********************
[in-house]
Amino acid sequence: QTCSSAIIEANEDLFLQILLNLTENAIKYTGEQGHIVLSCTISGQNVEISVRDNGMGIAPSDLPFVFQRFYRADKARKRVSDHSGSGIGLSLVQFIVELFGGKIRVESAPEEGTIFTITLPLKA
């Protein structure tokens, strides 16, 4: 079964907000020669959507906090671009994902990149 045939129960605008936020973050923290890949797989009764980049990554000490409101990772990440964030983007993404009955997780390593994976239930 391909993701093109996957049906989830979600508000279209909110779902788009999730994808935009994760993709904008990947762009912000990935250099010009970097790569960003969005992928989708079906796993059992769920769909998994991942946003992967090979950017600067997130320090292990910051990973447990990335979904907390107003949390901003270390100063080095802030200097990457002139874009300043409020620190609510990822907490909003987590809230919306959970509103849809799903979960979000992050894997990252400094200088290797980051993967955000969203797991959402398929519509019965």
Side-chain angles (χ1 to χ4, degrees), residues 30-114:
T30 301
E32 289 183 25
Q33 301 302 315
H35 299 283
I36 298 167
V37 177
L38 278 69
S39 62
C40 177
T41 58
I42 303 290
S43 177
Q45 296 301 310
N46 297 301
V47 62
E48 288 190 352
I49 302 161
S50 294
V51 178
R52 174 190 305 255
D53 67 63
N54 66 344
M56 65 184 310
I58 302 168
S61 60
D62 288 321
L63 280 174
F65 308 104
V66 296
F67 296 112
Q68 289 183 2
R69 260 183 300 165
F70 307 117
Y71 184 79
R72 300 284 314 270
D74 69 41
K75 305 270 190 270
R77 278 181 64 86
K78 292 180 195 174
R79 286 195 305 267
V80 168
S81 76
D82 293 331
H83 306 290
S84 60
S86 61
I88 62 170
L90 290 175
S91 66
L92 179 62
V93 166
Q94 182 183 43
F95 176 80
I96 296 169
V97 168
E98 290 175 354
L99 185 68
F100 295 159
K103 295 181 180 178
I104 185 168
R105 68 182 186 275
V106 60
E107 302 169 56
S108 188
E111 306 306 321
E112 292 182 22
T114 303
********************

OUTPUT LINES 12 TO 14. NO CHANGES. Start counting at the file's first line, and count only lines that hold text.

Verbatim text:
S39 62
C40 177
T41 58